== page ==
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SG-W:/ AANews

In addition to the front page article reproduced in the prior e-mail, the 
Sunday AANews had a sidebar article "New designs have old foundations", a 
sketchy history of "New Urbanism", and an article "Newmarket development 
simmering on back burner".

The sidebar is at: 


The text: 

New designs have old foundation 
Sunday, December 24, 2000

"New Urbanism" is a development style that returns building to early 
20th-century village-style neighborhood roots.

It's essentially a fancy term for a mixed-use development - one that includes 
different housing types and sizes, as well as office, commercial and public 

The New Urbanist movement began in the 1980s. Its creators - among them the 
husband-and-wife architectural team Andres Duany and Elizabeth Plater-Zyberk, 
who designed both Newmarket and Kentlands - were responding to sprawling 
suburbs filled with cul-de-sacs, winding, sidewalk-less roads and houses 
fronted by big garages on one-acre lots.

It is different from other development styles because it's an 
architect-driven movement, rather than a consumer-driven movement. Through 
the latter part of the 20th century, the suburbs were built the way they were 
because that seemed to be what people wanted.

But after observing the sky-high home prices in turn-of-the century mixed-use 
historic neighborhoods - such as Georgetown in Washington, D.C., Dilworth in 
Charlotte and the Old West Side in Ann Arbor - New Urbanists began to think 
rather than building the typical suburb, they'd offer something different.

The housing market tends to be conservative, perhaps because a house is a 
large chunk of most homeowners' total assets. So to propose such a different 
design was viewed as radical.

The New Urban neighborhood claims to be a more environmentally conscious, 
pedestrian-friendly, socially healthy livable neighborhood that encourages 
block parties, neighborliness and walking.

These goals, the New Urbanists say, are achieved through design principles:

Aim for variety. Offer a range of housing options for people of various 
incomes and stages of life. This includes apartments, condos, townhomes, 
cottages, larger houses and live-work units or lofts.

Lose the big yard. Instead of giving houses a one- or two-acre lot, houses 
are sited on very small lots and situated close together - as close as four 
feet among smaller homes. That forces neighbors to know one another better, 
and they get the space back in parks and public buildings.

Build a corner store. Better yet, a town center. With shopping, work, school 
and recreation choices in walking distance, residents have a choice about 
some driving trips.

Respect the history. Kentlands left intact a historic mansion, barn and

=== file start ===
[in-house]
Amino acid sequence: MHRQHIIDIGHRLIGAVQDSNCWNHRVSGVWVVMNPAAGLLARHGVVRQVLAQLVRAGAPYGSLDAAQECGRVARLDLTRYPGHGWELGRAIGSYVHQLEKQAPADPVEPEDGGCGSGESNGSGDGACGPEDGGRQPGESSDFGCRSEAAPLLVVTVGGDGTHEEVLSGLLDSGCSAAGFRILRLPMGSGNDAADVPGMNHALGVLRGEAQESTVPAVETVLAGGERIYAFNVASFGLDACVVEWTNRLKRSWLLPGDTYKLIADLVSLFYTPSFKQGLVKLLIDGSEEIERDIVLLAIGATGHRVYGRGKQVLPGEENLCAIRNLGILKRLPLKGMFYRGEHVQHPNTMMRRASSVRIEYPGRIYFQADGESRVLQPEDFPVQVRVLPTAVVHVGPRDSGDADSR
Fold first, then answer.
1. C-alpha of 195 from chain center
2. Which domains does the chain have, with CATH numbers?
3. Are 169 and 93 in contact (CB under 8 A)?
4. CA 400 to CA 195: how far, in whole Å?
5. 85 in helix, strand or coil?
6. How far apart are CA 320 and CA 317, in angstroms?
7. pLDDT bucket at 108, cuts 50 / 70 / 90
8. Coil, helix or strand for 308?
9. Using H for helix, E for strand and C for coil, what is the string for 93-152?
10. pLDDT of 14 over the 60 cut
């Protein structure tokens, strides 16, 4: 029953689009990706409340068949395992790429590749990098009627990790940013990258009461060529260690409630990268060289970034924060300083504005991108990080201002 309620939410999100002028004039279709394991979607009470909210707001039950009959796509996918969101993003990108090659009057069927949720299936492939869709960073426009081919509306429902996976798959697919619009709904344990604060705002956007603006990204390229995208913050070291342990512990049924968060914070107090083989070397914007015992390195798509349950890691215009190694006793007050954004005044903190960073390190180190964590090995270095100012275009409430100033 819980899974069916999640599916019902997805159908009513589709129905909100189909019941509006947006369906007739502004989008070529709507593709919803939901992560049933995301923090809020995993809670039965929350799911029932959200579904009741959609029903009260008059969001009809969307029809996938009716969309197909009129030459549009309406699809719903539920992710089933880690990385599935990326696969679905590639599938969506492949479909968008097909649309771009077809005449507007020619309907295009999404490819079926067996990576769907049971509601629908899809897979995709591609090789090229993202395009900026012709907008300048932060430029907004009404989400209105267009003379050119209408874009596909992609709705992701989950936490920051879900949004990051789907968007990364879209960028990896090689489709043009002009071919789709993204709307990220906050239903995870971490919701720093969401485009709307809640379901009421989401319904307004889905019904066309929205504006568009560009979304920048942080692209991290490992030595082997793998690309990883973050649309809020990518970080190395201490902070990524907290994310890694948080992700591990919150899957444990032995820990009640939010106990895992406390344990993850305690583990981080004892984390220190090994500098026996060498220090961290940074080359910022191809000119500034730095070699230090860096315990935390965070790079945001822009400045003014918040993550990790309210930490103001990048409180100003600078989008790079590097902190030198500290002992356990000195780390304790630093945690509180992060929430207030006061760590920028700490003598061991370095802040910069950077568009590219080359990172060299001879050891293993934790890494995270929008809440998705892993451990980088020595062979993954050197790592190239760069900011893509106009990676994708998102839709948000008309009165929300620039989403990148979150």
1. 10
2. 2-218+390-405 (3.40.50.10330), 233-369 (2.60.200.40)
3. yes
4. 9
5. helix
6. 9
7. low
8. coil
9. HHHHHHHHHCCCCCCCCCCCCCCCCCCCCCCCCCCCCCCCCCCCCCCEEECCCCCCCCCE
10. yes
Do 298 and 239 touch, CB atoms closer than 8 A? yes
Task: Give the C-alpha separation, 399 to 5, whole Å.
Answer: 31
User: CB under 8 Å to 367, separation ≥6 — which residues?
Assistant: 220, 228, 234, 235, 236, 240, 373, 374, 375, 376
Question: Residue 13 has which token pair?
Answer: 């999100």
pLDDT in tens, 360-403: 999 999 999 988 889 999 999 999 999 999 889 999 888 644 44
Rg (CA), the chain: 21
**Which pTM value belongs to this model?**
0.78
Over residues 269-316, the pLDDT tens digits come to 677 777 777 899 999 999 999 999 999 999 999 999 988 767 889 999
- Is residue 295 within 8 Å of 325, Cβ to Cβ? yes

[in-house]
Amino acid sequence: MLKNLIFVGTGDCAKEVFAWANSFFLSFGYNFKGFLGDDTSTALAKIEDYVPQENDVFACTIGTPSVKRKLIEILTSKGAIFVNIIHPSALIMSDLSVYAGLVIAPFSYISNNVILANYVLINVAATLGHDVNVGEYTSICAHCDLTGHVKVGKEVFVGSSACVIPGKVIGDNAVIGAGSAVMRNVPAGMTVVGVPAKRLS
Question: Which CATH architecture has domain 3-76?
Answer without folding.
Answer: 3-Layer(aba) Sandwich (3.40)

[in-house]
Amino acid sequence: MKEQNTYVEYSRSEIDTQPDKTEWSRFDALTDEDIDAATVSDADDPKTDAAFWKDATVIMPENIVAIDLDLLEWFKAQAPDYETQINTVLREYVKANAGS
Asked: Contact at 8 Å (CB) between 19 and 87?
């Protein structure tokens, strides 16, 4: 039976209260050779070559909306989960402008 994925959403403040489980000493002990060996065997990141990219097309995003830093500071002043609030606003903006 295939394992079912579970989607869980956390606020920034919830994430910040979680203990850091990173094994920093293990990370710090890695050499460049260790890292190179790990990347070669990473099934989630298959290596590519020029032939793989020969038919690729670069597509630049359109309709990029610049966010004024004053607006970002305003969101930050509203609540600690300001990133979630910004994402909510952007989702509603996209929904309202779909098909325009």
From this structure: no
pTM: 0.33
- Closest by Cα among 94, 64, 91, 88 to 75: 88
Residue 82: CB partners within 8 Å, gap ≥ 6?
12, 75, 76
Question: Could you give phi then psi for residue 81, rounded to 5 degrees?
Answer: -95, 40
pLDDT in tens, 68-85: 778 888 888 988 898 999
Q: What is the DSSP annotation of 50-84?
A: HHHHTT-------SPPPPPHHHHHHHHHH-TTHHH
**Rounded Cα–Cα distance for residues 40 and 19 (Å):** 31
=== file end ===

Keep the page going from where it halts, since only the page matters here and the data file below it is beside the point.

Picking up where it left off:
outbuilding that were part of a 19th-centurt farm; Newmarket developers plan 
to leave and protect a wetlands with a blue heron rookery.

Shrink streets, hide garages. It slows traffic, and putting the garage behind 
the house looks better and takes emphasis off the car. And get rid of the 
cul-de-sacs, too - they cut traffic but force everyone to use the same roads 
to get out of a subdivision, creating worse traffic elsewhere.

The other article is at: 


The text: 

Newmarket development simmering on back burner 
Sunday, December 24, 2000

The future of a controversial 1,143-unit development in central Pittsfield 
Township remains uncertain.

Newmarket, planned for 530 acres of what is now farmland, faces a referendum 
sometime in the next two years. But just when that will take place is 
uncertain. Until then, the project is effectively on hold.

In late September, the outgoing township board approved rezoning for the land 
4-3. But the new board, a slate of Democrats who have been vocal opponents of 
Newmarket, was instrumental in gathering residents' signatures to force that 
rezoning to a referendum.

Signatures of 692 people were required; volunteers gathered about 1,500. The 
referendum must be held by the primary election of 2002, but doesn't have to 
be held before then. And it appears likely it won't be.

"I think a number of the board members have taken the stand that we don't 
want to pay for a special election," said Pittsfield Supervisor Jim Walter, 
adding that the board might be amenable to letting developer Jon Weaver of 
Real Estate Interests Group pay for it.

Two recent such rezonings in Pittsfield Township wound up in court. As open 
space and the role of development become ever-hotter issues in southeast 
Michigan, such rezonings are landing in court more often.

In 1998, a circuit court ruled in favor of the developer of Centennial Park - 
a residential development - to allow a rezoning. A referendum for which 
opponents had petitioned was still held, but its results were moot because of 
the court ruling.

In 1999, developers of Avis Farms South, a business park, sued to proceed 
with building plans after nearby residents petitioned for a referendum. But 
the developer dropped the suit a couple of months later and agreed to 
rearrange parking and the complex entrance to address neighbors' concerns.

Weaver, who declined to discuss his intentions in great detail because of 
potential legal action, said he has no intentions of backing down from the 
project. He has closed on one of the five parcels that make up the 530-acre 
tract, and expects to close on the others soon.

"They've made it pretty clear of late that they're going to do whatever they 
can to stop us or slow us down," said Weaver.

Building would begin on the first phase, The Village, after site plans are 
finished. Homes would be available about two years after that.

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